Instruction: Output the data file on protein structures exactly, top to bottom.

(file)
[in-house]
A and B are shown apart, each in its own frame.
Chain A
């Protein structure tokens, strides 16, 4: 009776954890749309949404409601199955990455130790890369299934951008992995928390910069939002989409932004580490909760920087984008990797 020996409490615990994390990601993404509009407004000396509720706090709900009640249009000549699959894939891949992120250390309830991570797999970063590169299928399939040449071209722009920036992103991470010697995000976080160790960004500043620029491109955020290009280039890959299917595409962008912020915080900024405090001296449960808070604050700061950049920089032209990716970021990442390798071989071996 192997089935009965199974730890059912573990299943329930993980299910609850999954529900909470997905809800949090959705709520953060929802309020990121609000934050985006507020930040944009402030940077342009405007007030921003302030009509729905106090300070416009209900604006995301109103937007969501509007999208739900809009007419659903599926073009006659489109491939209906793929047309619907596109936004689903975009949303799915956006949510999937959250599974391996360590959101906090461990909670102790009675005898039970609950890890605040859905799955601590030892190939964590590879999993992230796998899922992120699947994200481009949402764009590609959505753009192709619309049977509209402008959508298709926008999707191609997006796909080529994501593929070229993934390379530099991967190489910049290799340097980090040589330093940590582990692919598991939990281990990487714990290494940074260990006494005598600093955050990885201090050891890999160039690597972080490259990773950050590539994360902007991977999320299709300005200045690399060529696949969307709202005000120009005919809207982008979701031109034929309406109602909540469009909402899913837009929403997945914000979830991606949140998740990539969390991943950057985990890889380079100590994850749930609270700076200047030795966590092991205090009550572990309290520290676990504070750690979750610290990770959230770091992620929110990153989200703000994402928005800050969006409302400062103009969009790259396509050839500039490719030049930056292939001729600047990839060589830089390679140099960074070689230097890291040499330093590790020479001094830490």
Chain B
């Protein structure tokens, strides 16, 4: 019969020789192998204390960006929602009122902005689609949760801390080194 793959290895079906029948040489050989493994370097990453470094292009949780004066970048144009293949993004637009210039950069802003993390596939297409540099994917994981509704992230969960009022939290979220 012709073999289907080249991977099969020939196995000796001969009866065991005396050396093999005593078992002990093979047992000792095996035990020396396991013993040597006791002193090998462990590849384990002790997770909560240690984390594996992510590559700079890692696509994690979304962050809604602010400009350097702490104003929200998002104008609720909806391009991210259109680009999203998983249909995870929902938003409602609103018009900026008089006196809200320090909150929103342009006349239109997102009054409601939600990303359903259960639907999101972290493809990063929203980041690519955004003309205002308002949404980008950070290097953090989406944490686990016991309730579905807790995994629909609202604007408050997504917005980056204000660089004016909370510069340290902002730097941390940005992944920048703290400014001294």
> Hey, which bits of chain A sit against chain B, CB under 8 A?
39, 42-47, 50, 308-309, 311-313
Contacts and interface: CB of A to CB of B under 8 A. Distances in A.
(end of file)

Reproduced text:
[in-house]
A and B are shown apart, each in its own frame.
Chain A
């Protein structure tokens, strides 16, 4: 009776954890749309949404409601199955990455130790890369299934951008992995928390910069939002989409932004580490909760920087984008990797 020996409490615990994390990601993404509009407004000396509720706090709900009640249009000549699959894939891949992120250390309830991570797999970063590169299928399939040449071209722009920036992103991470010697995000976080160790960004500043620029491109955020290009280039890959299917595409962008912020915080900024405090001296449960808070604050700061950049920089032209990716970021990442390798071989071996 192997089935009965199974730890059912573990299943329930993980299910609850999954529900909470997905809800949090959705709520953060929802309020990121609000934050985006507020930040944009402030940077342009405007007030921003302030009509729905106090300070416009209900604006995301109103937007969501509007999208739900809009007419659903599926073009006659489109491939209906793929047309619907596109936004689903975009949303799915956006949510999937959250599974391996360590959101906090461990909670102790009675005898039970609950890890605040859905799955601590030892190939964590590879999993992230796998899922992120699947994200481009949402764009590609959505753009192709619309049977509209402008959508298709926008999707191609997006796909080529994501593929070229993934390379530099991967190489910049290799340097980090040589330093940590582990692919598991939990281990990487714990290494940074260990006494005598600093955050990885201090050891890999160039690597972080490259990773950050590539994360902007991977999320299709300005200045690399060529696949969307709202005000120009005919809207982008979701031109034929309406109602909540469009909402899913837009929403997945914000979830991606949140998740990539969390991943950057985990890889380079100590994850749930609270700076200047030795966590092991205090009550572990309290520290676990504070750690979750610290990770959230770091992620929110990153989200703000994402928005800050969006409302400062103009969009790259396509050839500039490719030049930056292939001729600047990839060589830089390679140099960074070689230097890291040499330093590790020479001094830490």
Chain B
């Protein structure tokens, strides 16, 4: 019969020789192998204390960006929602009122902005689609949760801390080194 793959290895079906029948040489050989493994370097990453470094292009949780004066970048144009293949993004637009210039950069802003993390596939297409540099994917994981509704992230969960009022939290979220 012709073999289907080249991977099969020939196995000796001969009866065991005396050396093999005593078992002990093979047992000792095996035990020396396991013993040597006791002193090998462990590849384990002790997770909560240690984390594996992510590559700079890692696509994690979304962050809604602010400009350097702490104003929200998002104008609720909806391009991210259109680009999203998983249909995870929902938003409602609103018009900026008089006196809200320090909150929103342009006349239109997102009054409601939600990303359903259960639907999101972290493809990063929203980041690519955004003309205002308002949404980008950070290097953090989406944490686990016991309730579905807790995994629909609202604007408050997504917005980056204000660089004016909370510069340290902002730097941390940005992944920048703290400014001294």
> Hey, which bits of chain A sit against chain B, CB under 8 A?
39, 42-47, 50, 308-309, 311-313
Contacts and interface: CB of A to CB of B under 8 A. Distances in A.